Reading the Marseille Tarot by Jean-Michel David
If you want to learn how to read with the Tarot de Marseille while immersing yourself in tarot’s early history, this is the book for you. The heart of the book is an in-depth examination of each trump card accompanied by a web of historic associations illustrated with numerous examples of medieval and renaissance art. The book features the 1650 Noblet deck restored by Jean-Claude Flornoy, but each chapter offers illustrations of numerous decks for comparison; so the book works easily with any TdM.
I especially appreciate how the author enlarges card details to discuss their symbolism. There’s a grid showing the crowns of every aristocratic rank in many European countries, so you can see if the Kings and Queens in your deck are wearing them. Another plate extracts the profiles of various court and trump figures, giving unique insights into their character when viewed out of context.
Chapters on court cards, the number cards, reading tips and spreads are interspersed throughout the book. David encourages us to examine each card’s image closely and let the card itself reveal its message before applying meanings from external systems such as alchemy or numerology. But the author doesn’t completely discount other systems. In separate chapters, he discusses the four elements, alchemy, numerology, and astrology as illustrated by the Children of the Planets.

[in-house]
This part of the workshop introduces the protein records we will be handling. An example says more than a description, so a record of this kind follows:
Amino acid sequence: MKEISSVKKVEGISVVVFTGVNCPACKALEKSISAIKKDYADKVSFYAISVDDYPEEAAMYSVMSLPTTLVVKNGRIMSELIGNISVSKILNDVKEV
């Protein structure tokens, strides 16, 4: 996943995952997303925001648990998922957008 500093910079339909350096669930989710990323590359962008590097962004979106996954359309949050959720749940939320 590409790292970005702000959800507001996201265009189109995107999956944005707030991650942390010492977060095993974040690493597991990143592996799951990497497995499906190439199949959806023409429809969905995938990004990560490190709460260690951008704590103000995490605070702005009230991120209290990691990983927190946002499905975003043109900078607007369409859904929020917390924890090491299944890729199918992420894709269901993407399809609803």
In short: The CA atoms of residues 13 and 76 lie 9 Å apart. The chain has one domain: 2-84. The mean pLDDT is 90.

Instead of overlaying the court cards with modern personality types, the author shows us how to encourage the court cards to talk about themselves, their family and community. This is accompanied by a fascinating storytelling exercise with prompts on working with the story to illuminate your own family and childhood issues.
David lays out his Dynamic Hexagram Spread which he presented several years ago on TarotForum.net. It’s now a favorite on the Tarot de Marseilles reading exchange there. He also provides a six-card cross spread that shows what happens when the drive to do something encounters the realities of your life, and his own approach to the Celtic Cross, showing lines of influence running between the cards.
Working through this book slowly, with your own Tarot de Marseilles deck at hand, could easily transform how you read with historic decks.
The book can be purchased at Lulu.com as a PDF to download, or as an oversized paperback (11.5 x 8.5 inches, 535 pages).
I bought this one from Lulu, but it got stuck in my ex’s computer, because I used it for download and now I can’t have it 😦 What to do?
I know that you wrote this in 2014 but I might be able to help you.
I bought this book in the digital copy as well as the large in-the-flesh tome. You are right, it will transform the way we read historic tarot’s. I just love it. I also appreciate that I don’t require “readers” when reading it. Some of the fonts in books are so smalll that they can be difficult to read and this can really rob you of enjoying a book. Everything about this book was well done. Your article inspired me to buy it and I am glad I did.
Victoria, I’m so happy this article inspired you to get the book. It’s one of the classics.
I have this book – it really is BIG! Also one of my go-to Marseille books – thank you for the review!
Yes, the book is a monster. The Game of Tarot by Michael Dummett is the same size and might be heavier.
Hi! Are the photos inside the book color or black and white?
Black and white. I’ve been told the digital version has good quality color photos.